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Tips for Successfully Serving as Infection Control Coordinator

Myriad resources are available for dental professionals who serve in this important role.

The infection control coordinator or Occupational Safety and Health Administration (OSHA) officer is a key member of the dental team. Frequently, oral health professionals are thrust into this role by default. Sometimes this position is filled by dentists, dental hygienists, or dental assistants. Many dentists appoint dental hygienists to serve as infection control coordinators because of their skill and knowledge in the area of infection control. The Commission on Dental Accreditation (CODA) requires dental hygiene programs to graduate students with competence in infection control.1 These competencies (specifically Standard 5-1) include compliance with policies and procedures related to asepsis, hazardous materials, and bloodborne and infectious diseases.1 Oral health professionals are ethically responsible to comply with OSHA and infection control guidelines.2

Ensuring that one dental team member is the point of contact for infection control compliance is critical to the safety of both patients and practitioners. Infection control breaches can be newsworthy, such as the widely publicized case of a Tulsa, Oklahoma, oral surgery office in 2013,3 which affected nearly 7,000 patients over a 6-year period. This infection control breach was linked to five cases of hepatitis B, 74 cases of hepatitis C, and three cases of human immunodeficiency virus (HIV).4 Clearly, the stakes in infection control compliance are extremely high.

Many clinicians have questions about where to start when appointed to the role of infection control coordinator. This position is responsible for ensuring that compliance is achieved and maintained, remaining knowledgeable about the subject, serving as the contact point for exposure incidents, and providing training for all staff members or making arrangements for staff to receive appropriate training outside of the office. Individuals who are new to the role of infection control coordinator should start by becoming familiar with OSHA standards and requirements, as well as dental infection control guidelines provided by the United States Centers for Disease Control and Prevention (CDC). It is also prudent to collect additional resources for infection control training and instruction.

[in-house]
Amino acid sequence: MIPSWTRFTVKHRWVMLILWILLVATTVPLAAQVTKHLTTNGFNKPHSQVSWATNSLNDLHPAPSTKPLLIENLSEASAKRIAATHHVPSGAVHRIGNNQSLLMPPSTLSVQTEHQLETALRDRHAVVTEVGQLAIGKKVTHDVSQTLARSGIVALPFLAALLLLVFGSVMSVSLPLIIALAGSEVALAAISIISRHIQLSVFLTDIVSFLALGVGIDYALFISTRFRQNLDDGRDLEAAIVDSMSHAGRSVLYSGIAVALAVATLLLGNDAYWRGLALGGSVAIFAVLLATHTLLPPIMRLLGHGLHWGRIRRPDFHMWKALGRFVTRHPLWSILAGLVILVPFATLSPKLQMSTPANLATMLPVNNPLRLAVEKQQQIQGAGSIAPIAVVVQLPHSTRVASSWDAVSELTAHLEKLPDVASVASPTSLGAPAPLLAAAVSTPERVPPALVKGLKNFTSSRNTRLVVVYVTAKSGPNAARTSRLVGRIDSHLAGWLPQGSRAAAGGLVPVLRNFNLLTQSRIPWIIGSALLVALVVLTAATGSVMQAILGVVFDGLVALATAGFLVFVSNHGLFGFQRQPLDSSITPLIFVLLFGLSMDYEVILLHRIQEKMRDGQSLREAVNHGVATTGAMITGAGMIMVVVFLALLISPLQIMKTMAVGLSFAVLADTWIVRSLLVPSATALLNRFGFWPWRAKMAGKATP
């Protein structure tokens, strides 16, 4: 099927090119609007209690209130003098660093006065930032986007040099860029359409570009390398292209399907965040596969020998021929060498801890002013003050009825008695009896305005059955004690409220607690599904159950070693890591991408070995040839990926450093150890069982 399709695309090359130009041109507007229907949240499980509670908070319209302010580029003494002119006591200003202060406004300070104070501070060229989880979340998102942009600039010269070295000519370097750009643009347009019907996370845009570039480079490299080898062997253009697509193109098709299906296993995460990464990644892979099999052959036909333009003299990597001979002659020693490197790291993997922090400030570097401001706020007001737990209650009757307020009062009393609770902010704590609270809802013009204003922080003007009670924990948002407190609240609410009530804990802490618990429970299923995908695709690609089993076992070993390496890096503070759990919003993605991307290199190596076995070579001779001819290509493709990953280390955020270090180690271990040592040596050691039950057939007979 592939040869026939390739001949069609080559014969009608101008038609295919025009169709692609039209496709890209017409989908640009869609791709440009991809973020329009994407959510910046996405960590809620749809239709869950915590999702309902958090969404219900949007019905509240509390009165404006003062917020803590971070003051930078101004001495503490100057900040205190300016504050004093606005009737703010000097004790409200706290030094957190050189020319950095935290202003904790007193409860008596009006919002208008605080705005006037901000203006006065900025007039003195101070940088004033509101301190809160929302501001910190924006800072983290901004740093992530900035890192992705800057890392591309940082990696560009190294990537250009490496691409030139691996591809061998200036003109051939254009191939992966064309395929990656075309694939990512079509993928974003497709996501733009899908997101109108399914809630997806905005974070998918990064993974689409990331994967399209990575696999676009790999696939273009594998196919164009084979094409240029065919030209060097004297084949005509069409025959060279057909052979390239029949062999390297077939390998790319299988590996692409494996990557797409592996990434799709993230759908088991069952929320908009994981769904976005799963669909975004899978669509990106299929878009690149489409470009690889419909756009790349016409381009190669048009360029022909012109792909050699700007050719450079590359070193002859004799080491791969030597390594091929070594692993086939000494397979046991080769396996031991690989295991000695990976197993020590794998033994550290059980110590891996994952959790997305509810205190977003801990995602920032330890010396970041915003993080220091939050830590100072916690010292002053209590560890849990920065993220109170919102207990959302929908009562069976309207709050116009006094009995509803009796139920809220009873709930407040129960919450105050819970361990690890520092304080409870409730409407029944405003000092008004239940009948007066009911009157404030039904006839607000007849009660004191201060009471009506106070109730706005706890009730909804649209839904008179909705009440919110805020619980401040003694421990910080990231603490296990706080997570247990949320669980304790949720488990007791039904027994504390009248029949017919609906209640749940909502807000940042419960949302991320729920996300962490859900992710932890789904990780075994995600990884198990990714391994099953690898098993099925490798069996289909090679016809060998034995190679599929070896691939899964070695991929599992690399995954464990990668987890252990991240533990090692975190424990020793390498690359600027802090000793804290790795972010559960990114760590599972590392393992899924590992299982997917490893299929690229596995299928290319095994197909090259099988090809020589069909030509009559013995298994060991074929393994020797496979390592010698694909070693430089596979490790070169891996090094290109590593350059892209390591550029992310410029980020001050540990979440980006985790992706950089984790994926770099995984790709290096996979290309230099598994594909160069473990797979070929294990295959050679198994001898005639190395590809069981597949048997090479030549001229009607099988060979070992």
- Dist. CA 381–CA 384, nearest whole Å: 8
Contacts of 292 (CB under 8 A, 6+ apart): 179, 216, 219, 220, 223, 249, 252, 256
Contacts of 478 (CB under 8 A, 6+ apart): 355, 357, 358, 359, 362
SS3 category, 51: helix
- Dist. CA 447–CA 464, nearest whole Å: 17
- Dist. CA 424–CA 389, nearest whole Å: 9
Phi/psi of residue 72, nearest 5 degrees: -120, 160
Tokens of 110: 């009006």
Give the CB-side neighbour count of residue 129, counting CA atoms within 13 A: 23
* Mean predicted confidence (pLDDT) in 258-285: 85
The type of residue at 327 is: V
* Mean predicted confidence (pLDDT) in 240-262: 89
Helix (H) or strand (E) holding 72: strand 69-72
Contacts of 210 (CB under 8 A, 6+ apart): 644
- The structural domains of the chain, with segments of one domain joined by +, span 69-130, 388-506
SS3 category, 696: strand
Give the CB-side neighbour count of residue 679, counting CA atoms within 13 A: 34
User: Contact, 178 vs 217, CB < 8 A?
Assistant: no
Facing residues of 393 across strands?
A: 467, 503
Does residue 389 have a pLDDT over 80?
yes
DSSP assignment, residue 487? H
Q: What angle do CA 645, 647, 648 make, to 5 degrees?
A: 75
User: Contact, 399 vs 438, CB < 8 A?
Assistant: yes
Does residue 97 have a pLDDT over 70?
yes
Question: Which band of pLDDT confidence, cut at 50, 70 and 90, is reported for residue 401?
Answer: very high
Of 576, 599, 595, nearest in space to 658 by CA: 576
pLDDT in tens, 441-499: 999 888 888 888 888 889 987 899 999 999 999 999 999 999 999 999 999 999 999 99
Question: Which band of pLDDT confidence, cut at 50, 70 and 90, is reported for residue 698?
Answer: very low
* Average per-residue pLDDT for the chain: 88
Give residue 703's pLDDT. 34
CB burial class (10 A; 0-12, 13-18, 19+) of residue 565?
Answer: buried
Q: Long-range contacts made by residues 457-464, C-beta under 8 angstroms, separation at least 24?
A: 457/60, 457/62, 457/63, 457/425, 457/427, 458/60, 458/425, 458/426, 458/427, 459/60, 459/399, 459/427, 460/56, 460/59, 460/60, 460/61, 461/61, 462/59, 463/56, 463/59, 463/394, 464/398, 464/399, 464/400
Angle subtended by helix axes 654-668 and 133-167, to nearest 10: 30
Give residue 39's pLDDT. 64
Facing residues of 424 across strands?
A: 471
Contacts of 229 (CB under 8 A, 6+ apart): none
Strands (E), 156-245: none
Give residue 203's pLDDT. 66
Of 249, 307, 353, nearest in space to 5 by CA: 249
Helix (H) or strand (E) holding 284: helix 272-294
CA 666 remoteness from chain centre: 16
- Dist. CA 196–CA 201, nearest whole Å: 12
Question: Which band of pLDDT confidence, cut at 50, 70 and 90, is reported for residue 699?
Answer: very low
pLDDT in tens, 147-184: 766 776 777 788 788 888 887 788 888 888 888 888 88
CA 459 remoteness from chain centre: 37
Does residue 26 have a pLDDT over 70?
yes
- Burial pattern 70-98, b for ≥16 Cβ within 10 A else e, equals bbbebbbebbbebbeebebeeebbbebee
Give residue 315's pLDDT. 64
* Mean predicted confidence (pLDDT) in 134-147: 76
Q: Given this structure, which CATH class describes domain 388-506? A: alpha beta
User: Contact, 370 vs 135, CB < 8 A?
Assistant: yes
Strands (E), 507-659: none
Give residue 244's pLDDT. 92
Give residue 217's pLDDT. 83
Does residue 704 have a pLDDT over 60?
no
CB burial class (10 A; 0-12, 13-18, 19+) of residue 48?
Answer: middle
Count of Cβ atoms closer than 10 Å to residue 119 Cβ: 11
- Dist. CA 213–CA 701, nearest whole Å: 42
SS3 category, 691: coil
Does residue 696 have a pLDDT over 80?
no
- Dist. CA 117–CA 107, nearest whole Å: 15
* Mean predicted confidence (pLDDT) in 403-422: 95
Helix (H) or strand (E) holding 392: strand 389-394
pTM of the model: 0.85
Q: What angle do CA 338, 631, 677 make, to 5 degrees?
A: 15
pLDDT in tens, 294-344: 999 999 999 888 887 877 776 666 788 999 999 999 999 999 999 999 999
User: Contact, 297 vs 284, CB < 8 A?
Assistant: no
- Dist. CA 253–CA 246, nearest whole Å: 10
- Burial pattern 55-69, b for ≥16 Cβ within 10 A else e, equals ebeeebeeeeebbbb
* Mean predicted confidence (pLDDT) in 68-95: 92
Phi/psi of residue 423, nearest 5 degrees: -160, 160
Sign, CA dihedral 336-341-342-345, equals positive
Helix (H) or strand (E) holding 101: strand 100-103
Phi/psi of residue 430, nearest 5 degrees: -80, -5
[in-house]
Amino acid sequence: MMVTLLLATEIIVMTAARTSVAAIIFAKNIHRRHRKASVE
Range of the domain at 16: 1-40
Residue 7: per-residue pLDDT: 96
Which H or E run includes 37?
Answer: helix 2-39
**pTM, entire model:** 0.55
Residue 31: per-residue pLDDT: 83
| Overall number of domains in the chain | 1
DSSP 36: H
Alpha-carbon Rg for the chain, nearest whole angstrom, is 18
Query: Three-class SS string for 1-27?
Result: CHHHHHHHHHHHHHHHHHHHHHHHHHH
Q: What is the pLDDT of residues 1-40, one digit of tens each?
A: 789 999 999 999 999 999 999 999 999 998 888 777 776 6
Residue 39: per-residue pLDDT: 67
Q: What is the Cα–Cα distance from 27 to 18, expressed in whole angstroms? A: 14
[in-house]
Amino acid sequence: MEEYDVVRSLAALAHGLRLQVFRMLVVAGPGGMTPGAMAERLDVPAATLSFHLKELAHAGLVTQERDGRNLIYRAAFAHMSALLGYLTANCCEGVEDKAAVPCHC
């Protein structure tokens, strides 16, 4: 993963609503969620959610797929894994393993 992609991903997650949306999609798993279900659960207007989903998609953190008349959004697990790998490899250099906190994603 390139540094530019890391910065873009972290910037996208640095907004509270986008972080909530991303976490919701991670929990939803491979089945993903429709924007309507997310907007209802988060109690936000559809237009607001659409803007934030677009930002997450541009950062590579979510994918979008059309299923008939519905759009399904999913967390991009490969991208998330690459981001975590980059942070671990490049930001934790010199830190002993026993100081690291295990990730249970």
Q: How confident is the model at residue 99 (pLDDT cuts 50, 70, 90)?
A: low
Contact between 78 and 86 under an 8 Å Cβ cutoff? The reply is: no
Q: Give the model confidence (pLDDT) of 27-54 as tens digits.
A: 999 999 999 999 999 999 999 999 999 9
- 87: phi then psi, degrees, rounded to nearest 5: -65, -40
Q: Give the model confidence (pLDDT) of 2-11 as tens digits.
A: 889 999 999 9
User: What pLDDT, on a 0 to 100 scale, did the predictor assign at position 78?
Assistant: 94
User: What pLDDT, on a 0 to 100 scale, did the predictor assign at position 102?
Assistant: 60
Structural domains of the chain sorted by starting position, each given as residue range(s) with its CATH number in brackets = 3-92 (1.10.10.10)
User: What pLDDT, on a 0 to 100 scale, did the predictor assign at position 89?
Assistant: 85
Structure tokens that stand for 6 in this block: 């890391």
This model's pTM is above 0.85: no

OCCUPATIONAL SAFETY AND HEALTH ADMINISTRATION

OSHA is an agency within the division of the US Department of Labor that was launched in 1971 to ensure workplace safety.5 As a regulatory agency, OSHA has enforcement capabilities, meaning it can investigate and impose fines. There are two OSHA standards with which dental offices must comply: the OSHA Bloodborne Pathogen (BBP) Standard (29 CFR 1910.1030)6 and the Hazard Communication (HAZCOM) Standard (29 CFR 1910.1200).7

The OSHA BBP standard focuses on preventing the exposure of at-risk employees (those who have the potential for exposure to blood or other potentially infectious material) to bloodborne pathogens such as hepatitis B and HIV. The OSHA BBP standard requires employers to comply with several requirements. First, employers must have an exposure control plan, which is a site-specific document that demonstrates how the office complies with OSHA standards. The plan must include: a copy of the OSHA BBP; list that determines job categories in which employees might have exposure to BBPs; and how the office implements methods of exposure control, such as universal/standard precautions, engineering and work practice controls, personal protective equipment (PPE), housekeeping, employee hepatitis B vaccination records, post-exposure evaluations and follow-up, how hazards are communicated to employees, documentation of training, and record keeping. The exposure control plan must be updated at least annually.8 Table 1 includes a resource that provides templates for creating an OSHA exposure control plan.